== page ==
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Inbox: Does Servais lean on coaches?

Beat reporter Greg Johns fields questions from readers
Mariners manager Scott Servais (from right) stands with coaches Tim Bogar, Casey Candaele and Manny Acta during the national anthem. (AP)
May 16, 2016

How much is Scott Servais leaning on his coaches for in-game strategy since he is a rookie manager? -- Chris, Bothell, Wash.I've been impressed with how Servais has handled himself in his first months as manager. And among the many positives has been his willingness to credit those around him

How much is Scott Servais leaning on his coaches for in-game strategy since he is a rookie manager?
-- Chris, Bothell, Wash.

I've been impressed with how Servais has handled himself in his first months as manager. And among the many positives has been his willingness to credit those around him -- including bench coach Tim Bogar, pitching coach Mel Stottlemyre Jr. and hitting coach Edgar Martinez -- for being important sounding boards and part of all his decisions. Clearly, he's the one with the final word, but Servais and general manager Jerry Dipoto both seem very inclusive in seeking the opinions of others and having the confidence to acknowledge they're not doing things all on their own.
Third-base coach Manny Acta and Bogar both have managerial experience and are good resources, but Servais quickly implemented his own approach and has handled himself like a veteran from Day 1. It seems like a very cohesive group, including first-base coach Casey Candaele and bullpen coach Mike Hampton, and Servais is the first to acknowledge that it's a team effort.
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Do you think the Mariners need or will get another bullpen guy? I'm a bit worried about Joel Peralta and Nick Vincent holding up.
-- Matt B., Kenmore, Wash.

Your concerns are valid, as both right-handers have been used a lot more often and in higher-leverage situations than expected, due to injuries to Joaquin Benoit and Tony Zych. But the good news is Benoit is expected to return shortly, possibly as soon as Tuesday in Baltimore, and Zych is starting to throw again and figures to be back next month, if all goes well. It's possible Charlie Furbush could also return around midseason.
Just getting Benoit back will be a big help, as that allows Peralta and Vincent to pitch in their normal roles and will lighten the load on closer Steve Cishek. Servais recently called on Cishek for a couple of multi-inning outings in which he threw some of the highest pitch counts of his career, and it's possible the work load caught up with him last weekend. Benoit eliminates the need to bring Cishek in early and offers an experienced closing option when Cishek requires a break.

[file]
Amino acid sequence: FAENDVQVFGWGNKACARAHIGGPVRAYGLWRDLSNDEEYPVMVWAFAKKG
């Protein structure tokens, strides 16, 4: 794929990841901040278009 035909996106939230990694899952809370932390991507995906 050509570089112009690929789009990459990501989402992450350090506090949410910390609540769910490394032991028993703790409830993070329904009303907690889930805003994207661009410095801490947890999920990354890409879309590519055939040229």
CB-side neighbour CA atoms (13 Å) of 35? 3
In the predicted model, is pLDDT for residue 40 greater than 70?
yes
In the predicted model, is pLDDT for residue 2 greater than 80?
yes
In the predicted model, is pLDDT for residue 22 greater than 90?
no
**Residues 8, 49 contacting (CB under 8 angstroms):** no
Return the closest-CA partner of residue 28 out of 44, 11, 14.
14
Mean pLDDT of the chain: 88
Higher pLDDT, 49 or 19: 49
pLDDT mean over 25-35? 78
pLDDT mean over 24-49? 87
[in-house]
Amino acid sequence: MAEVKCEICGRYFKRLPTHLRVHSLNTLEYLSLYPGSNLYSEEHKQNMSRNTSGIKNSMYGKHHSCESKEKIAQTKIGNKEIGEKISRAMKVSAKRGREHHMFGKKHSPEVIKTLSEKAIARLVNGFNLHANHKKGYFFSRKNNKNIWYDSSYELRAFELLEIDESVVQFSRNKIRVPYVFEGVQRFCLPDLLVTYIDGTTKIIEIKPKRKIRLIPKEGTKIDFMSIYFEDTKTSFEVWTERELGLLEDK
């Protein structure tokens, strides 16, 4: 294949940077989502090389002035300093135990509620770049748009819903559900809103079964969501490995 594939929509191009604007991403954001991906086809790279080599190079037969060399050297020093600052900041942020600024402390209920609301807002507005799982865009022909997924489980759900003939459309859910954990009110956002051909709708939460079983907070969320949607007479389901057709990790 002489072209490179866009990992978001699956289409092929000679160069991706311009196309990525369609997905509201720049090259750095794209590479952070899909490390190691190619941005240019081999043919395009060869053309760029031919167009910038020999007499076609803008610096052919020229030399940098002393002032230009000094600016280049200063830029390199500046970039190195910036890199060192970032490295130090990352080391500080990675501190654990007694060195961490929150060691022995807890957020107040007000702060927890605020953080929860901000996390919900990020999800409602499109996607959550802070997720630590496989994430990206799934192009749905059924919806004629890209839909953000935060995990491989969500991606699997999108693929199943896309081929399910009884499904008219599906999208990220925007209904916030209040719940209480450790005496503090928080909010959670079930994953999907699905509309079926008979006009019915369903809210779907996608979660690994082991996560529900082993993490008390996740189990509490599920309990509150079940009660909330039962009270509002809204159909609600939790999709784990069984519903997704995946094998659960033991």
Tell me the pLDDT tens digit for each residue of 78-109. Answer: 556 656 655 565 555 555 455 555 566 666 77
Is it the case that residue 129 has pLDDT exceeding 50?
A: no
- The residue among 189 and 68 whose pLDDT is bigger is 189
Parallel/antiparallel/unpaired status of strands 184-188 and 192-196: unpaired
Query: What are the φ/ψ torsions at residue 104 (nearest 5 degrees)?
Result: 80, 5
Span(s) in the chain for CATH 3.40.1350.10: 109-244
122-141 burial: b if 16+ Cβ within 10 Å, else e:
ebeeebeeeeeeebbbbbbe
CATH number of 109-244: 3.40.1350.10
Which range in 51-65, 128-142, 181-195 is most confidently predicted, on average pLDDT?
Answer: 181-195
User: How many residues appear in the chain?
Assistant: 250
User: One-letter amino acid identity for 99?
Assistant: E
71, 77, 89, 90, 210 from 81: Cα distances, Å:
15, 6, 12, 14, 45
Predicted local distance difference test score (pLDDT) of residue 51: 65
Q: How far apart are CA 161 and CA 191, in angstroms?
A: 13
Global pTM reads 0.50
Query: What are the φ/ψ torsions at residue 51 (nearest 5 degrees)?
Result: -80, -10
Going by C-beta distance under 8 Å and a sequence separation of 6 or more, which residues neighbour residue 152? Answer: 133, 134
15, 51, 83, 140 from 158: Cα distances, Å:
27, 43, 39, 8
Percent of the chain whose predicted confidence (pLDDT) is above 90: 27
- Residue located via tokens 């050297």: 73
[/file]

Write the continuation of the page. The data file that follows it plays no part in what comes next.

With Edwin Diaz's role being changed, when does he join the Mariners bullpen?
-- Beau C., Mullan, Idaho

The 22-year-old has made only two relief appearances for Double-A Jackson so far, so let's slow that train just a little. The Mariners are intrigued to see how their top pitching prospect fares in that role, but they won't rush him. I would think the most optimistic projection would be a September callup -- like Zych last year -- if he performs well enough to progress to Triple-A Tacoma in the next few months.

Beyond James Paxton and Diaz, how are the arms looking down on the farm, especially Tacoma?
-- Dane C., Niamey, Niger

Dipoto has been very pleased with the pitching depth in the Minors so far. Adrian Sampson, the right-hander acquired from the Pirates in the J.A. Happ deal last July, has opened eyes in Tacoma (4-2, 3.05 ERA with 37 strikeouts and five walks). Blake Parker, a former Cubs reliever now healthy after some elbow issues, is pitching well in a closing role, and youngsters Casey Coleman and David Rollins are also throwing well in the 'pen.
Two others to watch in Jackson: Right-hander Dylan Unsworth is 3-0 with a 1.08 ERA in seven starts and Emilio Pagan has been outstanding in the closer's role (0.53 ERA with 24 strikeouts in 17 innings). Unsworth is a 23-year-old from South Africa, while Pagan, 24, was a 10th-round Draft pick in 2013 out of Belmont Abbey College in North Carolina.
Do the Mariners reach 90 wins this season?
-- Hesham B., Kirkland, Wash.

Well, they've at least given themselves a chance with their strong start. At 21-16, they'd need to go 69-56 over the remaining 125 games. Two things worth noting. One, there's a whole lot of baseball to be played. Two, their winning percentage at the moment is .568. They'd need to play .552 the rest of the way to get to 90.
Do you think Dipoto is the type of general manager to make a big blockbuster trade during the season or stick with his guys?
-- Austin G., Colfax, Wash.

Dipoto isn't afraid to make moves when he thinks they'll help. We certainly saw it last offseason, when he largely remade the Mariners roster. And he pulled several big Trade Deadline moves with the Angels, acquiring Zack Greinke in 2012 and adding relievers Huston Street and Jason Grilli in '14. The Greinke deal didn't work out well, but the bullpen additions helped the Angels win the American League West that year.
Why is it that the Mariners -- even after having stars like Ken Griffey Jr. -- have not had a single number retired?
-- Caleb L., Los Angeles

The Mariners have very stringent guidelines for retiring a number, limiting that honor to players who have been elected to the National Baseball Hall of Fame and spent at least five years with the Mariners, or who have come close to being elected and spent nearly their entire career with the club. To me, it seems perfectly fitting that Griffey's No. 24 will be the first number retired by the club on Aug. 6, two weeks after his induction into the Hall of Fame.

Greg Johns has covered the Mariners since 1997, and for since 2011. Follow him on Twitter [

@GregJohnsMLB]() and listen to his podcast.